When Bester lays her down beside the engine, she closes her eyes and imagines it humming like need in her veins; when she comes, stars bursting bright white in the black behind her eyes, it feels like flying.
After she fixes the reg couple, the captain offers her a job, and it's like everything she's ever dreamed of has just been handed to her wrapped in a pretty bow. And Kaylee's seen enough of life to know she's got to take that gift with both hands, before it gets snatched away.
5. Old Man Kensey
Jayne ain't got much gear, which is good, because his new bunk ain't that big. Room enough to stow his kit, though, and the blessing of no one else hanging around, breathing all loud and mucousy when a body's trying to sleep or jack off, which makes it bigger than it seems.
He can't remember the last time he had his own bunk. At home, by the time he was old enough to notice, Matty and Connor'd come along, and they'd shared a room until he'd left. And working as a merc meant he'd often as not be rooming with a bunch of heishôudâng liúmáng didn't always know when to walk away and give a man some peace.
Now, though, he's got his own bunk, and he drops onto the bed in an untidy sprawl, king of the tiny space between these walls.
He figures he's got some time to kill while they're in the air, and without even thinking much about it, he unzips his pants, curls a hand around his cock and starts jacking himself. He don't have to be quiet or pretend no one else is around, and that makes it even better. He closes his eyes, thinks about that pretty redheaded whore on Lilac, who got lubed up whenever she sucked him off, imagines plump pink lips wrapped round his jībā, and comes with a groan he don't have to muffle.
He uses one of his t-shirts to clean himself up, then tosses it to the floor, 'cause he can do whatever he likes in here. It's his bunk, after all.
6. Can't Get There From Here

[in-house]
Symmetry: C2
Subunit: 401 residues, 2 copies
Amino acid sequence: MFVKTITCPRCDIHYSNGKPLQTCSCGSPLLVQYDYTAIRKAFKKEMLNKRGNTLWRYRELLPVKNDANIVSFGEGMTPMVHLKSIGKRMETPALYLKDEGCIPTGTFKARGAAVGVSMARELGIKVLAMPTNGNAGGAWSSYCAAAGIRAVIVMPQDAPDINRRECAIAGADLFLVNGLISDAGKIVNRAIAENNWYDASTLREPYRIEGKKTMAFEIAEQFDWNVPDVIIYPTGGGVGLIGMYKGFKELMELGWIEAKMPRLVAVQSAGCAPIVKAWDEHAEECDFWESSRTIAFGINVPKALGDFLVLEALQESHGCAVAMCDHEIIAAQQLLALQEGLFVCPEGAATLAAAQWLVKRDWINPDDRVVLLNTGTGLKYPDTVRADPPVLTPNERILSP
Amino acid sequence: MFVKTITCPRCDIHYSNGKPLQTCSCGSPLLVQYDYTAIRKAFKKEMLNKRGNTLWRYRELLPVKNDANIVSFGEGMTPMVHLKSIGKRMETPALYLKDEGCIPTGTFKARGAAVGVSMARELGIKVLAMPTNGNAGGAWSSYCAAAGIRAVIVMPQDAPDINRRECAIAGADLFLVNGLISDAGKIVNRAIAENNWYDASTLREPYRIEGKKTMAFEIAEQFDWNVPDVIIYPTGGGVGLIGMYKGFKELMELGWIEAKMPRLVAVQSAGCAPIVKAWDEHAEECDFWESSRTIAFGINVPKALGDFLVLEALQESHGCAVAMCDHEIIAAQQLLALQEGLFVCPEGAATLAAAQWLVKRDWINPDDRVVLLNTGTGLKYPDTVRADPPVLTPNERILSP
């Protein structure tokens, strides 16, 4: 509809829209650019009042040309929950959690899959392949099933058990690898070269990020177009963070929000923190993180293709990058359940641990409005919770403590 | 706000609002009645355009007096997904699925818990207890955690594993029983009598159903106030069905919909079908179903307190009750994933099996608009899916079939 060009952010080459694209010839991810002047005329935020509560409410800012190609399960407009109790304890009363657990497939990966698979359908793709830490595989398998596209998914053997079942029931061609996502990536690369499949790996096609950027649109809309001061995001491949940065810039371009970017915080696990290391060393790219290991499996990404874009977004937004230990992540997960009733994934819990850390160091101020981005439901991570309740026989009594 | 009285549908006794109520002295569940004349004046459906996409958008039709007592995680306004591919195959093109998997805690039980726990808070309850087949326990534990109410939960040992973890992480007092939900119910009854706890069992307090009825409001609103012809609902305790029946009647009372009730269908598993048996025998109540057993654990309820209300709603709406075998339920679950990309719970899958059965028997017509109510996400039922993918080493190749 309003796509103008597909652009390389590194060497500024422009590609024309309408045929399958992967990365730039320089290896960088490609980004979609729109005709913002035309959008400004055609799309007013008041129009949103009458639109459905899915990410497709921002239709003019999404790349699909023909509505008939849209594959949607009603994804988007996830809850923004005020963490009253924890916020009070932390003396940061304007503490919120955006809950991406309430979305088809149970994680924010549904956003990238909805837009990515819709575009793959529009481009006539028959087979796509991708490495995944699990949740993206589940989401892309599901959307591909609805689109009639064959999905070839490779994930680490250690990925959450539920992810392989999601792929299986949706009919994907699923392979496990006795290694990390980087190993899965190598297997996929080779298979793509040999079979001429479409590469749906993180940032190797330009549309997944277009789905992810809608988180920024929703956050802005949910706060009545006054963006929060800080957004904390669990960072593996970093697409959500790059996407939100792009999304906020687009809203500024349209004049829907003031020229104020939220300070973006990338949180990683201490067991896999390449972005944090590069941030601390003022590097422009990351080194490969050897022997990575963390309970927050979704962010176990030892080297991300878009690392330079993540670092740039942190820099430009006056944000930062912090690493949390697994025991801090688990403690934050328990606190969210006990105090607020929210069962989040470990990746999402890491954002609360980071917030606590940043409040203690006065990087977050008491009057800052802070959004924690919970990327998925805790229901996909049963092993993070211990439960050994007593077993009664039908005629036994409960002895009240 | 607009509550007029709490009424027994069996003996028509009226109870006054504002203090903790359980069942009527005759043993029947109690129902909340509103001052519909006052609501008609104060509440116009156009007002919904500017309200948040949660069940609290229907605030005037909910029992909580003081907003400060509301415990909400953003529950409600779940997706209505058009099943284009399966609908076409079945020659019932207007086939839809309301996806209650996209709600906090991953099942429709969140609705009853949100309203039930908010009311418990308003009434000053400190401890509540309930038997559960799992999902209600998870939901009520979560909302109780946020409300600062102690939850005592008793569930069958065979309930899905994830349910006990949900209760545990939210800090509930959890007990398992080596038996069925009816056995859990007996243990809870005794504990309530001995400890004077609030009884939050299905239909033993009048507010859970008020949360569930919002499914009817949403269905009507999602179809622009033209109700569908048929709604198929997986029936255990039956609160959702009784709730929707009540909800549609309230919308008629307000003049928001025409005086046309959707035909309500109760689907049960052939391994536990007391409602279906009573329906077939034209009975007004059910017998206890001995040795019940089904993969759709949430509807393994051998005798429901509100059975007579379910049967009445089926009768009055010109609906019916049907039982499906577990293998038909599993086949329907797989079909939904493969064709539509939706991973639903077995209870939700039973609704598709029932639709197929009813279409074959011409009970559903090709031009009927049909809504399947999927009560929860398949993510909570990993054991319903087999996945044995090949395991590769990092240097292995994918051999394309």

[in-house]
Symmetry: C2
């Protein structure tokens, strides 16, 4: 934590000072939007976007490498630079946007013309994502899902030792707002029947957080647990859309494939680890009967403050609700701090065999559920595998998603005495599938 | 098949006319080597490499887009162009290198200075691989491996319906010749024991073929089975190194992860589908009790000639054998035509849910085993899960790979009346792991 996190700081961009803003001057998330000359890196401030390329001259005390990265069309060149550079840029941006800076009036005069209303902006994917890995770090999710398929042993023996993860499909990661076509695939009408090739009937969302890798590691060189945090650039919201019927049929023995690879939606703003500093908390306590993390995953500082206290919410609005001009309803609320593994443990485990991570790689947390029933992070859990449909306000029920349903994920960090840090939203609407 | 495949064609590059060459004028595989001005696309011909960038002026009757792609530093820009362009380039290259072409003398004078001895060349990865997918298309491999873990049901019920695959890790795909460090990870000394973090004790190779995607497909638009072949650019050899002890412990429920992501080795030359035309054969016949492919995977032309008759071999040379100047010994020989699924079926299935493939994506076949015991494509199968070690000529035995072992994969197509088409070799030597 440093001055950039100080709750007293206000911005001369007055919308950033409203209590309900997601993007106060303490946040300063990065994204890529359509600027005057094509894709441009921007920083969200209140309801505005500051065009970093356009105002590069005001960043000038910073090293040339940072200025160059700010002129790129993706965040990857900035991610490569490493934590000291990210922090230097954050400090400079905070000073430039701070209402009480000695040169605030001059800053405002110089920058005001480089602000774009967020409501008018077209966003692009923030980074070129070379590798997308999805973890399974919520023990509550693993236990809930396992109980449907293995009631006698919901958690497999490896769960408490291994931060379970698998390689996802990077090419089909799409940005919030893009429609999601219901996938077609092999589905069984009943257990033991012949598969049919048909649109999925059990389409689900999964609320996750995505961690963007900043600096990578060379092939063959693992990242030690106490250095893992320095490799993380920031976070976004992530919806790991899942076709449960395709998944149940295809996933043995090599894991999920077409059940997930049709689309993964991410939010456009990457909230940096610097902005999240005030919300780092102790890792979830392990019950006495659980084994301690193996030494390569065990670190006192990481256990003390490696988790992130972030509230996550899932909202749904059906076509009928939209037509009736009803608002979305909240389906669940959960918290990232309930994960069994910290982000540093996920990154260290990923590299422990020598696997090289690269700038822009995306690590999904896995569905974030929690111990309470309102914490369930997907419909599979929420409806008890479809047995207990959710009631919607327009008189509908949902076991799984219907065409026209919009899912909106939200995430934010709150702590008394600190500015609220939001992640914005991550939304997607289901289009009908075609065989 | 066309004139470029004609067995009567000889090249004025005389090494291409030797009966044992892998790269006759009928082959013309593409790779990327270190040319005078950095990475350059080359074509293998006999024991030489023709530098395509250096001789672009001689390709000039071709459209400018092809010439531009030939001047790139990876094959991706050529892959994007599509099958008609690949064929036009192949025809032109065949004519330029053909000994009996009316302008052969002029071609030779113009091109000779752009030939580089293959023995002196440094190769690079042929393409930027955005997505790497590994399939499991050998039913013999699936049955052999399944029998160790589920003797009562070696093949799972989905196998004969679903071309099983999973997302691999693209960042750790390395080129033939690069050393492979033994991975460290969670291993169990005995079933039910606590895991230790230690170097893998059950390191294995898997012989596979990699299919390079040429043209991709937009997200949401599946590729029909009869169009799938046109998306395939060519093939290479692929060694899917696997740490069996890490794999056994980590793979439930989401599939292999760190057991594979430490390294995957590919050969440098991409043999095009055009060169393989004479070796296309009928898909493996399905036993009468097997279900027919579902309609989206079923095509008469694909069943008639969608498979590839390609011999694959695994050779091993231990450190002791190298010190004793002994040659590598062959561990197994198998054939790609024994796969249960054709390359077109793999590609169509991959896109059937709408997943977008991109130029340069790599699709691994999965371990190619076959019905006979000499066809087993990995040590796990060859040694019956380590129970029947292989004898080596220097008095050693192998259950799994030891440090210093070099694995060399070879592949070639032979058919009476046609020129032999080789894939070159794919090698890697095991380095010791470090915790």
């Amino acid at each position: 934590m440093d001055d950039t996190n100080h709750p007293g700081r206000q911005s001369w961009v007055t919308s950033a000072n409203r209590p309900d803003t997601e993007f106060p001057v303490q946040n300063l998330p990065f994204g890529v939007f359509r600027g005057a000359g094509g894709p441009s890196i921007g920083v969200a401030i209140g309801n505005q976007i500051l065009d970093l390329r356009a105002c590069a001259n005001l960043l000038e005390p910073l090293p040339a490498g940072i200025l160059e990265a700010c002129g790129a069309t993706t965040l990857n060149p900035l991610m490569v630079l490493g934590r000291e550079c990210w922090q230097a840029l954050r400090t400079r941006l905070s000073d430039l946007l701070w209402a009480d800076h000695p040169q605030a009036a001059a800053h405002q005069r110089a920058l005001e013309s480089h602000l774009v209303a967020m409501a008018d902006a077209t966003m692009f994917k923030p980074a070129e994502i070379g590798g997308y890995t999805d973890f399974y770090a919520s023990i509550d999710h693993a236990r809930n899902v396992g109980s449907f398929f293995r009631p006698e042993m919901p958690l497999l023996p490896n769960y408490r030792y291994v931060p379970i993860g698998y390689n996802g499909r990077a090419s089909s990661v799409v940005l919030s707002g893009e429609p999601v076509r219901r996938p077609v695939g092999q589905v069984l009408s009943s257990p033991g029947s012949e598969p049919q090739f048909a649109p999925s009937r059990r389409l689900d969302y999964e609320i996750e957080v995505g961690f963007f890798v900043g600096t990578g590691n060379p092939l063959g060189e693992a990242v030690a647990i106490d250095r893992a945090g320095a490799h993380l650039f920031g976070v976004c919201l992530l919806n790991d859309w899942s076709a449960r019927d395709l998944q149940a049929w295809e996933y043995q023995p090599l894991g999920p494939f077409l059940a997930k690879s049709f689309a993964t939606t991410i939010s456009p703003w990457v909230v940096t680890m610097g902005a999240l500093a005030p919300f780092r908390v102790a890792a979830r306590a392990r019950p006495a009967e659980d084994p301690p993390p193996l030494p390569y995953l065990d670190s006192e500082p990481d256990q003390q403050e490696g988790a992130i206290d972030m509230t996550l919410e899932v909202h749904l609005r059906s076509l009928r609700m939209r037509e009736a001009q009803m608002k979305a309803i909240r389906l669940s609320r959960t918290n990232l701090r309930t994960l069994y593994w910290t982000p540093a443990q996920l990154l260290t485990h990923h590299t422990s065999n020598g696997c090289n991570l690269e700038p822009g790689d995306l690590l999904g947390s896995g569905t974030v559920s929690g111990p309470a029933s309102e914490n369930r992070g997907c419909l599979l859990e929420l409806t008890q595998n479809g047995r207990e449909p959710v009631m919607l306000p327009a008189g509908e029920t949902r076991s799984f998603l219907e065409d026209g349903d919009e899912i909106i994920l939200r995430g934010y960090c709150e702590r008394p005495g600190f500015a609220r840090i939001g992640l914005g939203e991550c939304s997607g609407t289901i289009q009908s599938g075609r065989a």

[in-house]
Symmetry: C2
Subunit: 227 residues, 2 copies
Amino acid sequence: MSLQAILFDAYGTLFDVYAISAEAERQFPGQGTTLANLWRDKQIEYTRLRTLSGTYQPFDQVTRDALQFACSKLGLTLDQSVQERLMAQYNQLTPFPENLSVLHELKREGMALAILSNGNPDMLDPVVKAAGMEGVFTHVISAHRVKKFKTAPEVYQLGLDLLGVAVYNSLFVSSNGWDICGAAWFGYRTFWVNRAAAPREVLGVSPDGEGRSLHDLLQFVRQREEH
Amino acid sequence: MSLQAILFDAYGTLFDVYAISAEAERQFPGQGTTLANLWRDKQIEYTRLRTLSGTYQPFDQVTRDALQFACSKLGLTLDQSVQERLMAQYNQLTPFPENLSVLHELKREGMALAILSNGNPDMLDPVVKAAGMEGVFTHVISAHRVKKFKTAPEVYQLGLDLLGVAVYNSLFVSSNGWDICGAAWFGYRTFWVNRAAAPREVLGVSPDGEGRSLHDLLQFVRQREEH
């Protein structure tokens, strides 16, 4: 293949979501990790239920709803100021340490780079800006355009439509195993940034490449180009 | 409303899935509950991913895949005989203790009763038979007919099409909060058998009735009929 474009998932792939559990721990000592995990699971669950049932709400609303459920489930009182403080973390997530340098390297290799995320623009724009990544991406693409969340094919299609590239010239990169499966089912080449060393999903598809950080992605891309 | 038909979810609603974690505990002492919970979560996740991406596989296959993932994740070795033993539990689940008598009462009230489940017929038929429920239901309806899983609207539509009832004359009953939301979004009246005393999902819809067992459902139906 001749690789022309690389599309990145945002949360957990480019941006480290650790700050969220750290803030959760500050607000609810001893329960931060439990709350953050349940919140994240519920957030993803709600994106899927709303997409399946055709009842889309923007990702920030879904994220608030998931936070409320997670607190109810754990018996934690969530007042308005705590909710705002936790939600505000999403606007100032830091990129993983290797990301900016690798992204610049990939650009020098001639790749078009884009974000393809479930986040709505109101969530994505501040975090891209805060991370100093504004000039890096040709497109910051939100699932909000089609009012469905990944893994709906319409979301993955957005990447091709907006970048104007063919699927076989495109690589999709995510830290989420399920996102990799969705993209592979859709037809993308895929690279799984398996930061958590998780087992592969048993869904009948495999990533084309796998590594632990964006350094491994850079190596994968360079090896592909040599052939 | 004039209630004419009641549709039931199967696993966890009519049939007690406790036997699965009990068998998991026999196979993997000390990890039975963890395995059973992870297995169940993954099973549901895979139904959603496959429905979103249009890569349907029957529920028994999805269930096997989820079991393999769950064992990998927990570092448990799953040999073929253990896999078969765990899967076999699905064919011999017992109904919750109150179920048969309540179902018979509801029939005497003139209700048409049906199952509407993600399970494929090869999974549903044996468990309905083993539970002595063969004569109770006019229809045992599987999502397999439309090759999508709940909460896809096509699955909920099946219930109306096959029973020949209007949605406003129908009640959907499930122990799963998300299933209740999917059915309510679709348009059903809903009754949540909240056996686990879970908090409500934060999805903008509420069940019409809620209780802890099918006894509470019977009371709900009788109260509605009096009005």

He tries to ignore the barkers, studies their ships instead. Not much has changed, though some of the newer models are intriguing. He is out of practice, but he scans the crowd, on the lookout for cutthroats and thieves. He hasn't much, and though he knows he shouldn't be attached to worldly goods, he doesn't want to lose any of it so soon after leaving the abbey. He doesn't like feeling like a mark for every pickpocket and grifter in the neighborhood.
Pride is a sin, he reminds himself ruefully. Already falling prey to greed and pride, and you're not two days out of the abbey.
He wouldn't have left at all, but the abbot had asked him to.
"Go," Brother Francis had said, "and take the word of God with you. There are so many who need to hear it."
"I'm not sure I'm the man for that job," he'd replied, taken aback.
"Perhaps not, but the job needs a man like you, the man you have become, Derrial." The abbot sipped his tea. "You can't stay cloistered forever. At some point, you must put your faith to the test outside these walls. It's easy to be virtuous when temptation is on one side of the wall, and you're on the other."
So he'd packed his bags and left, trying to ignore the thin current of excitement running beneath his nervousness, but he learns he is no longer the man he once was--the temptations of his younger days hold no allure for him now. The dangers now will be more subtle, he thinks, trying to be mindful.
He lets himself be charmed by Kaylee, and tells himself these are the kind of people who could most use a reminder of the good word.
Two days later, he is living with thieves and murderers, and seeking absolution from a Companion. He thinks of Jesus among the tax collectors and whores, and laughs. He reminds himself again that pride goes before a fall.
7. Green Grow the Rushes
The calm satisfaction of a client successfully pleased lingers as Inara pilots the shuttle back to Serenity, but it will be nice to get home.
That thought draws her up short.
She's not sure when she began thinking of the ship as home, instead of the shuttle. It's a fine distinction, but Inara has been training since the age of twelve to make such fine distinctions, and to understand what they mean. And she tries to be honest with herself, beneath the mask she presents to the world, the mask that has slowly been slipping in the months she's spent on Serenity.
She takes her meals with the crew, enjoys spending time with them, and has grown to love them--well, Kaylee--dearly. She has begun to relax among them in ways she never has before; she lets her guard down, and now she's thinking of Serenity as home. She shakes her head, because it will never do.
She has been taught to engage and disengage as easily as the clasp on a necklace, but disengaging from Serenity--from Kaylee (from Mal, whispers a treacherous voice in the back of her mind)--is becoming as difficult as leaving Sihnon was. She's well and truly caught, the necklace now a noose, and the more she struggles to get free, the tighter she is bound.
Now she is involved, complicit, in hiding fugitives from the Alliance, in attacking a federal agent, in breaking the law, and like the shepherd, she isn't sure they've done anything wrong.
She isn't sure of anything, anymore.